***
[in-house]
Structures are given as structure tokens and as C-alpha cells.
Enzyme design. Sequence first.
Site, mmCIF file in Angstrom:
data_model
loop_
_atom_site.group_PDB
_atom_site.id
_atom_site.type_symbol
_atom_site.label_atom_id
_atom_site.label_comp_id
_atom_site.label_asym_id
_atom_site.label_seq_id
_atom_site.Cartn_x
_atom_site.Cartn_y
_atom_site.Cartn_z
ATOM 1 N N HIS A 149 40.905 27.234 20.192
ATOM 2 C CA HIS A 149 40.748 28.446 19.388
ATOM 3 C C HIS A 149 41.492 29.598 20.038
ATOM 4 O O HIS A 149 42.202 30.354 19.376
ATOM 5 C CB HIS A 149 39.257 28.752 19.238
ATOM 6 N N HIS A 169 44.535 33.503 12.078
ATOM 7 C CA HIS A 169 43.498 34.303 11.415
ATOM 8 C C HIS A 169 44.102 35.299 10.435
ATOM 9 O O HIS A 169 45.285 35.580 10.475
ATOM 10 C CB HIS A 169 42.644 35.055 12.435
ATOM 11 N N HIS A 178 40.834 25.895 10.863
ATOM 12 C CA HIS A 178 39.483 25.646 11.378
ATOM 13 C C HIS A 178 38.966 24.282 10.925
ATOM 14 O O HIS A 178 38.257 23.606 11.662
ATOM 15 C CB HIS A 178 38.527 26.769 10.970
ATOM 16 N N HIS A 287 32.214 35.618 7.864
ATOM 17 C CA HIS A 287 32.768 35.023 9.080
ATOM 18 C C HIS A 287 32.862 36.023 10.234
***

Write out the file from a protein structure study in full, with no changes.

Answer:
[in-house]
Structures are given as structure tokens and as C-alpha cells.
Enzyme design. Sequence first.
Site, mmCIF file in Angstrom:
data_model
loop_
_atom_site.group_PDB
_atom_site.id
_atom_site.type_symbol
_atom_site.label_atom_id
_atom_site.label_comp_id
_atom_site.label_asym_id
_atom_site.label_seq_id
_atom_site.Cartn_x
_atom_site.Cartn_y
_atom_site.Cartn_z
ATOM 1 N N HIS A 149 40.905 27.234 20.192
ATOM 2 C CA HIS A 149 40.748 28.446 19.388
ATOM 3 C C HIS A 149 41.492 29.598 20.038
ATOM 4 O O HIS A 149 42.202 30.354 19.376
ATOM 5 C CB HIS A 149 39.257 28.752 19.238
ATOM 6 N N HIS A 169 44.535 33.503 12.078
ATOM 7 C CA HIS A 169 43.498 34.303 11.415
ATOM 8 C C HIS A 169 44.102 35.299 10.435
ATOM 9 O O HIS A 169 45.285 35.580 10.475
ATOM 10 C CB HIS A 169 42.644 35.055 12.435
ATOM 11 N N HIS A 178 40.834 25.895 10.863
ATOM 12 C CA HIS A 178 39.483 25.646 11.378
ATOM 13 C C HIS A 178 38.966 24.282 10.925
ATOM 14 O O HIS A 178 38.257 23.606 11.662
ATOM 15 C CB HIS A 178 38.527 26.769 10.970
ATOM 16 N N HIS A 287 32.214 35.618 7.864
ATOM 17 C CA HIS A 287 32.768 35.023 9.080
ATOM 18 C C HIS A 287 32.862 36.023 10.234